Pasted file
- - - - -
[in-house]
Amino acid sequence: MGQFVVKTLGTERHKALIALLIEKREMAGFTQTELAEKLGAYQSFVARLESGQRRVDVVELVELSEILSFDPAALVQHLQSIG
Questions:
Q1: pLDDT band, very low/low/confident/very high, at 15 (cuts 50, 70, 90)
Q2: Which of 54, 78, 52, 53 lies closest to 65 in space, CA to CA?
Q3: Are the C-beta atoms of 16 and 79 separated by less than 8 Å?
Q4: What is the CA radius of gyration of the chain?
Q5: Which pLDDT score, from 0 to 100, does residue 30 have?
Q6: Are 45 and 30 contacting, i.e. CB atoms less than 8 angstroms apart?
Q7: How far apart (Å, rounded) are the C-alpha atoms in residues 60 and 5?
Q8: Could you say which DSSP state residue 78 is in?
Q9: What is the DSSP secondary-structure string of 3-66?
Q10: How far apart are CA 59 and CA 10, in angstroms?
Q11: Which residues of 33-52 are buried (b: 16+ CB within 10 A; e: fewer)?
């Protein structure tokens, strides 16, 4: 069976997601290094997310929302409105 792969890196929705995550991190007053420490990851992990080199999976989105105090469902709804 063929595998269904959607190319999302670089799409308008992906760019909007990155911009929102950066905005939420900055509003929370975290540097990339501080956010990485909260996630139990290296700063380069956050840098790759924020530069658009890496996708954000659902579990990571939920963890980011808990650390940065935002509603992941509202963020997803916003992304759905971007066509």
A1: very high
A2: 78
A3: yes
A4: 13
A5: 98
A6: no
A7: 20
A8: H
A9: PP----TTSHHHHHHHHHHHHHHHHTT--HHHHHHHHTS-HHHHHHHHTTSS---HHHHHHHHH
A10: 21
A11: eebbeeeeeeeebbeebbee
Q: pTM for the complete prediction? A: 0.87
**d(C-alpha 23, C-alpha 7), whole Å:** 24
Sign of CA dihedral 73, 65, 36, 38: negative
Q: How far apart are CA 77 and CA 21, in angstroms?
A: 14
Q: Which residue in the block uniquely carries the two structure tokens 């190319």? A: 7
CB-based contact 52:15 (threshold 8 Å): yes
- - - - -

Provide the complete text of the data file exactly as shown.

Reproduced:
[in-house]
Amino acid sequence: MGQFVVKTLGTERHKALIALLIEKREMAGFTQTELAEKLGAYQSFVARLESGQRRVDVVELVELSEILSFDPAALVQHLQSIG
Questions:
Q1: pLDDT band, very low/low/confident/very high, at 15 (cuts 50, 70, 90)
Q2: Which of 54, 78, 52, 53 lies closest to 65 in space, CA to CA?
Q3: Are the C-beta atoms of 16 and 79 separated by less than 8 Å?
Q4: What is the CA radius of gyration of the chain?
Q5: Which pLDDT score, from 0 to 100, does residue 30 have?
Q6: Are 45 and 30 contacting, i.e. CB atoms less than 8 angstroms apart?
Q7: How far apart (Å, rounded) are the C-alpha atoms in residues 60 and 5?
Q8: Could you say which DSSP state residue 78 is in?
Q9: What is the DSSP secondary-structure string of 3-66?
Q10: How far apart are CA 59 and CA 10, in angstroms?
Q11: Which residues of 33-52 are buried (b: 16+ CB within 10 A; e: fewer)?
């Protein structure tokens, strides 16, 4: 069976997601290094997310929302409105 792969890196929705995550991190007053420490990851992990080199999976989105105090469902709804 063929595998269904959607190319999302670089799409308008992906760019909007990155911009929102950066905005939420900055509003929370975290540097990339501080956010990485909260996630139990290296700063380069956050840098790759924020530069658009890496996708954000659902579990990571939920963890980011808990650390940065935002509603992941509202963020997803916003992304759905971007066509």
A1: very high
A2: 78
A3: yes
A4: 13
A5: 98
A6: no
A7: 20
A8: H
A9: PP----TTSHHHHHHHHHHHHHHHHTT--HHHHHHHHTS-HHHHHHHHTTSS---HHHHHHHHH
A10: 21
A11: eebbeeeeeeeebbeebbee
Q: pTM for the complete prediction? A: 0.87
**d(C-alpha 23, C-alpha 7), whole Å:** 24
Sign of CA dihedral 73, 65, 36, 38: negative
Q: How far apart are CA 77 and CA 21, in angstroms?
A: 14
Q: Which residue in the block uniquely carries the two structure tokens 């190319």? A: 7
CB-based contact 52:15 (threshold 8 Å): yes